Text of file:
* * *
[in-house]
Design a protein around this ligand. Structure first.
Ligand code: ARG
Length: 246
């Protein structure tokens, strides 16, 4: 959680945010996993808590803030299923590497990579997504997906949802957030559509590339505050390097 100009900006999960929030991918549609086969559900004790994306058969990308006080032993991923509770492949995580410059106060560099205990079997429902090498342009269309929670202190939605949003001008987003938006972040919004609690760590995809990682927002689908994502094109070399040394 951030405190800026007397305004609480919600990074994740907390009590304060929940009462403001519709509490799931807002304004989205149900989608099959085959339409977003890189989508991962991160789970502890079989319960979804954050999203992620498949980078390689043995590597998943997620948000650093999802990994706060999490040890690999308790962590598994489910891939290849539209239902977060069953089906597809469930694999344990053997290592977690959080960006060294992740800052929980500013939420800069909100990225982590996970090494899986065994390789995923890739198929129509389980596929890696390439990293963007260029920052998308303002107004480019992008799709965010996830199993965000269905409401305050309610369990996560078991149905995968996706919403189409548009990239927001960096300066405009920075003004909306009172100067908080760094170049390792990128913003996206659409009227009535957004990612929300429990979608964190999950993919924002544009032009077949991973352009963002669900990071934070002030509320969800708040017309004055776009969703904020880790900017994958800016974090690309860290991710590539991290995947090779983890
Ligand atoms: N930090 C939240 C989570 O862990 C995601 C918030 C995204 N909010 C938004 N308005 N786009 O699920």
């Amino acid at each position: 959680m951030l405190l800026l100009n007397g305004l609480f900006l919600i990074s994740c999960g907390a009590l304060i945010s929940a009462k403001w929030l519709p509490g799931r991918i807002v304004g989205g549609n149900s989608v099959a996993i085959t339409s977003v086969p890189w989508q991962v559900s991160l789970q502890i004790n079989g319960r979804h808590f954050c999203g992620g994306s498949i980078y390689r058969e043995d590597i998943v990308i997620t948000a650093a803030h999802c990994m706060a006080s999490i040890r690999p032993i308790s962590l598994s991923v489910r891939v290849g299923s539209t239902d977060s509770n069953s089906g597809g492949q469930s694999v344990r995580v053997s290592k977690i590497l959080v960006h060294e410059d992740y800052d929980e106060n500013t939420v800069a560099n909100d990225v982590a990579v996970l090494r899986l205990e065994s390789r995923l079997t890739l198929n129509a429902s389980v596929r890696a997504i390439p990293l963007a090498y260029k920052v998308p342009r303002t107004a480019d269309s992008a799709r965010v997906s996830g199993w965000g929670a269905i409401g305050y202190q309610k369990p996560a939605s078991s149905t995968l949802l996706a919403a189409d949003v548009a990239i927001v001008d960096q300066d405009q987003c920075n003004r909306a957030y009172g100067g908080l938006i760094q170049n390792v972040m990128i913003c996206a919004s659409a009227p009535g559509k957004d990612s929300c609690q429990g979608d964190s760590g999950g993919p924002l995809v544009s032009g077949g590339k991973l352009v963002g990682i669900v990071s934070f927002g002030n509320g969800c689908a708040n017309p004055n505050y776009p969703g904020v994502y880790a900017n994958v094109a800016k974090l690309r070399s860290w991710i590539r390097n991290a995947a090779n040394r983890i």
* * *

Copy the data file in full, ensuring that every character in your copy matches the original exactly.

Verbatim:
[in-house]
Design a protein around this ligand. Structure first.
Ligand code: ARG
Length: 246
């Protein structure tokens, strides 16, 4: 959680945010996993808590803030299923590497990579997504997906949802957030559509590339505050390097 100009900006999960929030991918549609086969559900004790994306058969990308006080032993991923509770492949995580410059106060560099205990079997429902090498342009269309929670202190939605949003001008987003938006972040919004609690760590995809990682927002689908994502094109070399040394 951030405190800026007397305004609480919600990074994740907390009590304060929940009462403001519709509490799931807002304004989205149900989608099959085959339409977003890189989508991962991160789970502890079989319960979804954050999203992620498949980078390689043995590597998943997620948000650093999802990994706060999490040890690999308790962590598994489910891939290849539209239902977060069953089906597809469930694999344990053997290592977690959080960006060294992740800052929980500013939420800069909100990225982590996970090494899986065994390789995923890739198929129509389980596929890696390439990293963007260029920052998308303002107004480019992008799709965010996830199993965000269905409401305050309610369990996560078991149905995968996706919403189409548009990239927001960096300066405009920075003004909306009172100067908080760094170049390792990128913003996206659409009227009535957004990612929300429990979608964190999950993919924002544009032009077949991973352009963002669900990071934070002030509320969800708040017309004055776009969703904020880790900017994958800016974090690309860290991710590539991290995947090779983890
Ligand atoms: N930090 C939240 C989570 O862990 C995601 C918030 C995204 N909010 C938004 N308005 N786009 O699920």
């Amino acid at each position: 959680m951030l405190l800026l100009n007397g305004l609480f900006l919600i990074s994740c999960g907390a009590l304060i945010s929940a009462k403001w929030l519709p509490g799931r991918i807002v304004g989205g549609n149900s989608v099959a996993i085959t339409s977003v086969p890189w989508q991962v559900s991160l789970q502890i004790n079989g319960r979804h808590f954050c999203g992620g994306s498949i980078y390689r058969e043995d590597i998943v990308i997620t948000a650093a803030h999802c990994m706060a006080s999490i040890r690999p032993i308790s962590l598994s991923v489910r891939v290849g299923s539209t239902d977060s509770n069953s089906g597809g492949q469930s694999v344990r995580v053997s290592k977690i590497l959080v960006h060294e410059d992740y800052d929980e106060n500013t939420v800069a560099n909100d990225v982590a990579v996970l090494r899986l205990e065994s390789r995923l079997t890739l198929n129509a429902s389980v596929r890696a997504i390439p990293l963007a090498y260029k920052v998308p342009r303002t107004a480019d269309s992008a799709r965010v997906s996830g199993w965000g929670a269905i409401g305050y202190q309610k369990p996560a939605s078991s149905t995968l949802l996706a919403a189409d949003v548009a990239i927001v001008d960096q300066d405009q987003c920075n003004r909306a957030y009172g100067g908080l938006i760094q170049n390792v972040m990128i913003c996206a919004s659409a009227p009535g559509k957004d990612s929300c609690q429990g979608d964190s760590g999950g993919p924002l995809v544009s032009g077949g590339k991973l352009v963002g990682i669900v990071s934070f927002g002030n509320g969800c689908a708040n017309p004055n505050y776009p969703g904020v994502y880790a900017n994958v094109a800016k974090l690309r070399s860290w991710i590539r390097n991290a995947a090779n040394r983890i």